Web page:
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Marranism as Judaism as Universalism: Reconsidering Spinoza

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The present essay seeks to reconsider the relation of the universal-rational ethos of Spinoza’s thought to the Jewish tradition and culture in which he was raised and socially situated. In particular, I seek to engage with two previous portrayals—specifically, those of Isaac Deutscher and Yirmiyahu Yovel—that present Spinoza’s universalism as arising from his break from or transcendence of Judaism, where the latter is cast primarily (along with Christianity) as a historical-particular and thus non-universal tradition. In seeking a potential source of Spinoza’s orientation, Yovel points to Maranno culture, as a sub-group that was already alienated from both mainstream Judaism and mainstream Christianity. By contrast, I argue that there are key elements of pre-Spinozan Jewish-rabbinic conceptuality and material culture that already enact a profoundly universalist ethos, specifically in contrast to more parochialist or particularist ethical dynamics prevalent in the culture of Christendom at the time. We will see, furthermore, that the Marrano dynamics that Yovel fruitfully highlights, in fact, have much in common with dynamics that were already in place in non-Marrano Jewish tradition and culture. As such, we will see that Spinoza’s thought can be understood not only as manifesting a Maranno-like dynamic in the context of rational-philosophical discourse, but also as preserving a not dissimilar Jewish-rabbinic dynamic at the same time. This, in turn, will point to new possibilities for tracing this latter dynamic through the subsequent history of modern philosophy and modern Jewish thought.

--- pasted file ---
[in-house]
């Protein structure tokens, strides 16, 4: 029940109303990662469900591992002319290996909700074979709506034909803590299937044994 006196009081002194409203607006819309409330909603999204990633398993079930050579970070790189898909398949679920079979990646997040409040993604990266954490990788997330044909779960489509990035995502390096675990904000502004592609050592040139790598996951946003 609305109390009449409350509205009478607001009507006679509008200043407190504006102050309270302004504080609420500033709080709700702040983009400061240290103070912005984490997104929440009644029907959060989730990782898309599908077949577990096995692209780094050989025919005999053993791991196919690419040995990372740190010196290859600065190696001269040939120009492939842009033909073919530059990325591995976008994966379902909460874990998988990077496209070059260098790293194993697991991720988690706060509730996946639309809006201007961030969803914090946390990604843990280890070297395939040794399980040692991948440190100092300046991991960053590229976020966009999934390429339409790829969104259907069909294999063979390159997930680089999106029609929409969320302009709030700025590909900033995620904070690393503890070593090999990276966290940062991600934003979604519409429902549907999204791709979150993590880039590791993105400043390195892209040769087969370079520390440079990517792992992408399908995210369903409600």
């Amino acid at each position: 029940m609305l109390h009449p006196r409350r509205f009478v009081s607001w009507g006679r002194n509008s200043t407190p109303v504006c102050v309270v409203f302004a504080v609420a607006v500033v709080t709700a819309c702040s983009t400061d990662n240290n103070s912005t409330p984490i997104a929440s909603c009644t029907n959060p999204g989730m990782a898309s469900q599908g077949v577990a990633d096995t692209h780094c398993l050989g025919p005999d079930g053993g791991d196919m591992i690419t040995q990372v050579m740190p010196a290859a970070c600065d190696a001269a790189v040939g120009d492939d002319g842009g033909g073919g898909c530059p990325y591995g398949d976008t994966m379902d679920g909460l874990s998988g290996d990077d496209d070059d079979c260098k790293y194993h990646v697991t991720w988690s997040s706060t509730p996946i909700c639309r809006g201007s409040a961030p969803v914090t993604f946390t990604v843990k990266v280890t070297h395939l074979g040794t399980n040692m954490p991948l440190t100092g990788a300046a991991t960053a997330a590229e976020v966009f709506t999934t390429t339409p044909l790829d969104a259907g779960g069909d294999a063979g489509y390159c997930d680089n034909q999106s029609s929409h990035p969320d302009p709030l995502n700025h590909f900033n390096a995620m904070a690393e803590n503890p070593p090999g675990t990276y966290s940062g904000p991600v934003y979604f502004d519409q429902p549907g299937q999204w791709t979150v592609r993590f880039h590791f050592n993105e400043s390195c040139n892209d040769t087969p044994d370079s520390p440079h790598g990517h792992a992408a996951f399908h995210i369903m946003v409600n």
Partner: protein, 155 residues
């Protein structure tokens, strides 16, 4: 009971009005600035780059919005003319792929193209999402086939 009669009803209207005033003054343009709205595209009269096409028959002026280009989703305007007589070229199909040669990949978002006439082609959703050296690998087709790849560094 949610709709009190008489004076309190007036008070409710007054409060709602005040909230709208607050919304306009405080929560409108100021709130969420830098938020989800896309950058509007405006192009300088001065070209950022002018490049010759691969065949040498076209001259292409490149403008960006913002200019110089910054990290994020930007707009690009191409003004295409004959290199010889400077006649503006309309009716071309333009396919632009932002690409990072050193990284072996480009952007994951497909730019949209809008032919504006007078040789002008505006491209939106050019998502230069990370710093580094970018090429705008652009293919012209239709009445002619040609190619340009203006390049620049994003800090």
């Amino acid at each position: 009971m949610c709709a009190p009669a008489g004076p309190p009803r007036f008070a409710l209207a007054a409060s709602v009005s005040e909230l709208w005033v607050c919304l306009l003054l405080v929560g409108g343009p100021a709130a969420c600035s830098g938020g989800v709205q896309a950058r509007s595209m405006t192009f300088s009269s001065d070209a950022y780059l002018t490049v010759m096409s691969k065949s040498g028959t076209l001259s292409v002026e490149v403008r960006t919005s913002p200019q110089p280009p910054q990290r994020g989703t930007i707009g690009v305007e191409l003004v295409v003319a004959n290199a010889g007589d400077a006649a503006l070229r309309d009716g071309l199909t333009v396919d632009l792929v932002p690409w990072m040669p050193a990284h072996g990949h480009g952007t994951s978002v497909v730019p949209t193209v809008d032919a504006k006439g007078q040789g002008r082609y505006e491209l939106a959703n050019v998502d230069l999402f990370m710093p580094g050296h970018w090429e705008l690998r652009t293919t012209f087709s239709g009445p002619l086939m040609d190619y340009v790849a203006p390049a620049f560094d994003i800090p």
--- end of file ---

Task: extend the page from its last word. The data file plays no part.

Spinoza, universalism, Marranos, Judaism, rabbinic, exile, ethics, philosophy, reason, Christianity, Christendom

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